Firm Statement for Transgender Day of Visibility 

March 31, 2024

March 31 marks Transgender Day of Visibility (“TDOV”), a day dedicated to authentically celebrating the lives and work of transgender individuals. While praising these accomplishments, TDOV also intends to recognize the difficulties that trans individuals face, including misrepresentation, violence, and discrimination. Sanford Heisler Sharp encourages the firm to reflect on the lives and contributions of trans individuals, while also considering the discrimination they may face.

About Transgender Day of Visibility

The first TDOV occurred in 2009, spearheaded by activist Rachel Crandall-Crocker in reaction to the only well-known transgender-centered day being Transgender Day of Remembrance. The activist recognized that Transgender Day of Remembrance focused heavily on violence and aimed to refocus recognition of trans people to also celebrate the living. Since its first occurrence, TDOV has evolved to include international online campaigns where activists and allies share statistics regarding transgender issues, personal stories, and other content intended to raise awareness. Within the U.S. specifically, President Joe Biden became the first U.S. president to formally proclaim recognition of the day in 20211, and most recently Secretary of State Blinken reaffirmed TDOV in 2023, stating that “transgender persons deserve to live free from violence, discrimination, and stigma.”2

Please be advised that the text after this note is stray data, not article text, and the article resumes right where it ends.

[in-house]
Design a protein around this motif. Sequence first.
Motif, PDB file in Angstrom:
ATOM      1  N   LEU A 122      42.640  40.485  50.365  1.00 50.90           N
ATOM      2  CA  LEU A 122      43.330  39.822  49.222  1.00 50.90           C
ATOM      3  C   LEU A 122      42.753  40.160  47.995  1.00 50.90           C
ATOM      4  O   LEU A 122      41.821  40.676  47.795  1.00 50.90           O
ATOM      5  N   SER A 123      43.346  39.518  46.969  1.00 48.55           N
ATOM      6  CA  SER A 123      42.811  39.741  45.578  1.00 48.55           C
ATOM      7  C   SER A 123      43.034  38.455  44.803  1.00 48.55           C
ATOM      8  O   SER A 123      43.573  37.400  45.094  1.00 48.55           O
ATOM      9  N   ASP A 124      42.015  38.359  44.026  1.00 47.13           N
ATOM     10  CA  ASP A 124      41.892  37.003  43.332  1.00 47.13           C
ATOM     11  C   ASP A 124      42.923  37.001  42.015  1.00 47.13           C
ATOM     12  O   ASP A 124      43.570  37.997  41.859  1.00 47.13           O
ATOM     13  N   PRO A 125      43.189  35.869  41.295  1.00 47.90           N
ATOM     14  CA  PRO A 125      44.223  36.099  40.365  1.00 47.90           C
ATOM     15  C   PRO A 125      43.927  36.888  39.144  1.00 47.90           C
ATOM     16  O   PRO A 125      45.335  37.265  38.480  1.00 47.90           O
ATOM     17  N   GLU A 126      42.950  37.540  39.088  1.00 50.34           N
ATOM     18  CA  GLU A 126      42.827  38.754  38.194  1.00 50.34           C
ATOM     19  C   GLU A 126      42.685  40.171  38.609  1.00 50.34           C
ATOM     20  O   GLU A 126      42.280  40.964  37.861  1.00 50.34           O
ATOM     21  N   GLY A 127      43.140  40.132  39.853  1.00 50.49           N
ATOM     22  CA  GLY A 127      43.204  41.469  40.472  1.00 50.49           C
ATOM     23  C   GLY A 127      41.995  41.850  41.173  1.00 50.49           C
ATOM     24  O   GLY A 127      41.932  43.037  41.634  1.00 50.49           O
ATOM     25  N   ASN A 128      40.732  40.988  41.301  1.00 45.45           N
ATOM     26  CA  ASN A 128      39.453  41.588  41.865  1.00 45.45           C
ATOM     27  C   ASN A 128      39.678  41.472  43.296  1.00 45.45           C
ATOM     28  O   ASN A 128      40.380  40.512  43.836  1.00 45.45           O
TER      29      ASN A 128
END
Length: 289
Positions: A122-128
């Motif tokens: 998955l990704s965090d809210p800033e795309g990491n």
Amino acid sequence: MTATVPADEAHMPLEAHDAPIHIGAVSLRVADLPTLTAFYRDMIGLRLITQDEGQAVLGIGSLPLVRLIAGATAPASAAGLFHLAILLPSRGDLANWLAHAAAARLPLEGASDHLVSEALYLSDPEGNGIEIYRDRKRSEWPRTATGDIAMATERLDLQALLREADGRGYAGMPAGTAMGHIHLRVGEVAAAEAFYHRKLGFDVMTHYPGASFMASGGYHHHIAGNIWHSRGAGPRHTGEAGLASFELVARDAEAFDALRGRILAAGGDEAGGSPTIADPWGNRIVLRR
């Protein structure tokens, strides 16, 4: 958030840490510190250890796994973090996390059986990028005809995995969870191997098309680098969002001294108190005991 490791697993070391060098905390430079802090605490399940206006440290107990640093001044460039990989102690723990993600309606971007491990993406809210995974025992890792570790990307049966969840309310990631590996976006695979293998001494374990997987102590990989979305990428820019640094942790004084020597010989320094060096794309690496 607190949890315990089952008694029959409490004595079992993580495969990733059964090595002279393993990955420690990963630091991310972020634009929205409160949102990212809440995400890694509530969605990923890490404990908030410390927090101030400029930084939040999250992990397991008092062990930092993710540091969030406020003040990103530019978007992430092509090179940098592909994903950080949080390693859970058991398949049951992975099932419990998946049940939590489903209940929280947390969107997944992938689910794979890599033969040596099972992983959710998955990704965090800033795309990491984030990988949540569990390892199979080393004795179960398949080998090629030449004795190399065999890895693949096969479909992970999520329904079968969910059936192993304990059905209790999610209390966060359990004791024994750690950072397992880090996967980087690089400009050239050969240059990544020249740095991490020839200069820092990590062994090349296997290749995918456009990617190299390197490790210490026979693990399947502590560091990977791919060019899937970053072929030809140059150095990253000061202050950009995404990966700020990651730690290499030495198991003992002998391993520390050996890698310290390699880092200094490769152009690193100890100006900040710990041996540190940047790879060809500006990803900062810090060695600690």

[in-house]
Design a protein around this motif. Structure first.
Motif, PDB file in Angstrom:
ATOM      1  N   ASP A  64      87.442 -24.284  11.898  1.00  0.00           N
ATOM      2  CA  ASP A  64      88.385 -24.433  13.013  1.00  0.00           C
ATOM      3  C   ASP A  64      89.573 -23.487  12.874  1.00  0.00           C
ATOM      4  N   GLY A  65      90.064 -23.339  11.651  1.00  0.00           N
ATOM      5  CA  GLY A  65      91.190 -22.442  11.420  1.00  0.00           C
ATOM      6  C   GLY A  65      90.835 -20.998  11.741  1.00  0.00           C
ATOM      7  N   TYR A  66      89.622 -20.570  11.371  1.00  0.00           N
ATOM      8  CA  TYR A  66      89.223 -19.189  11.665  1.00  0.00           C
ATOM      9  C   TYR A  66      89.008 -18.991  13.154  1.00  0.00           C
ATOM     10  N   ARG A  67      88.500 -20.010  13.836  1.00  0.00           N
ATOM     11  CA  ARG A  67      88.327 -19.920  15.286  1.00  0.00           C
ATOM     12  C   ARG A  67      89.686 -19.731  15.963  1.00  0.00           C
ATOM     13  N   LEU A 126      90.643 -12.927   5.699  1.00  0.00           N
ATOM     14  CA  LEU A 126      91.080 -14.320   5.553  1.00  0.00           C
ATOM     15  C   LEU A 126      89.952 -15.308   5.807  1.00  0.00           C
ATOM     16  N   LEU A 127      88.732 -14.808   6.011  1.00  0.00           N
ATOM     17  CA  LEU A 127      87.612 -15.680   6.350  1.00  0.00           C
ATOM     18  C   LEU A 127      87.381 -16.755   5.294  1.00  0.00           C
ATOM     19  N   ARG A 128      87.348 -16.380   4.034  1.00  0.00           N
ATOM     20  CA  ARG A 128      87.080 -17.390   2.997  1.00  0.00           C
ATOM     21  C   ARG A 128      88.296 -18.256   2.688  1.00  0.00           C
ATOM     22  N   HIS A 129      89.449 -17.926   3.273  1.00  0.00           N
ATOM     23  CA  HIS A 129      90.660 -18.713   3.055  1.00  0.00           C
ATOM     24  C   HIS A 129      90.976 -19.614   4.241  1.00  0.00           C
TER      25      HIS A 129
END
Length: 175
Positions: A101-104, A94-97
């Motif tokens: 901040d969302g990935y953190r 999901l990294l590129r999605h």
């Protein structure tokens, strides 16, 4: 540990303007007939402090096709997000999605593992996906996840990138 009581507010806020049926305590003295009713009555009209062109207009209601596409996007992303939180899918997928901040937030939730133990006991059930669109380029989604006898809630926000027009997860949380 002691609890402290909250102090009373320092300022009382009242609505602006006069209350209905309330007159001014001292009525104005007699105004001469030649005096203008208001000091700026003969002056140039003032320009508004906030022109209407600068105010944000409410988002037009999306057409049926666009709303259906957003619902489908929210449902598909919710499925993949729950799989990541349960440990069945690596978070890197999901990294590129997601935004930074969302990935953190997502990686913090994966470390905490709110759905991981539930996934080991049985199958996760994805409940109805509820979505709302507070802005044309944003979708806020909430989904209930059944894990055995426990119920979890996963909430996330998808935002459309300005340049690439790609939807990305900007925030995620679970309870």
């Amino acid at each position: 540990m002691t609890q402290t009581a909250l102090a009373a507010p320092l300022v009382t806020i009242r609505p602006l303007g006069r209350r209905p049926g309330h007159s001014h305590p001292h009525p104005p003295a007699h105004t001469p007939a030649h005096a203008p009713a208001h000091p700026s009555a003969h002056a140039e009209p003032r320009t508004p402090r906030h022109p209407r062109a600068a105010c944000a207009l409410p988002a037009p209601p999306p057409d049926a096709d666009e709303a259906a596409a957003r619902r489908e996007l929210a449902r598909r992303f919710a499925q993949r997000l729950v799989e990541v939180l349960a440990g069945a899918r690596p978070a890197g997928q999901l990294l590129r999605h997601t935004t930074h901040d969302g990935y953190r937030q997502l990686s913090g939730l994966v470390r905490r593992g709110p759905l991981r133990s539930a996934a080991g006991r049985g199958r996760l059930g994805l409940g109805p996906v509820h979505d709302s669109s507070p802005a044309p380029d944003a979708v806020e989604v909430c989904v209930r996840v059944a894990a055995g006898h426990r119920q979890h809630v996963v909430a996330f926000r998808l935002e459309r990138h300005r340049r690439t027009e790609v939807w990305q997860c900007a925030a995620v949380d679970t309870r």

Celebrating The Living

To “celebrate the living” can be interpretive, but it should focus on uplifting trans voices. Representation of transgender individuals has significantly improved in recent years, with more than 32 regular and recurring characters appearing on broadcast, streaming, and cable.3 Storytelling can provide insight on trans experiences, and we recommend media regarding transgender experiences or featuring transgender actors such as “Pose,” “Major!,” and “The Death and Life of Marsha P. Johnson” to engage in authentic representation of transgender individuals.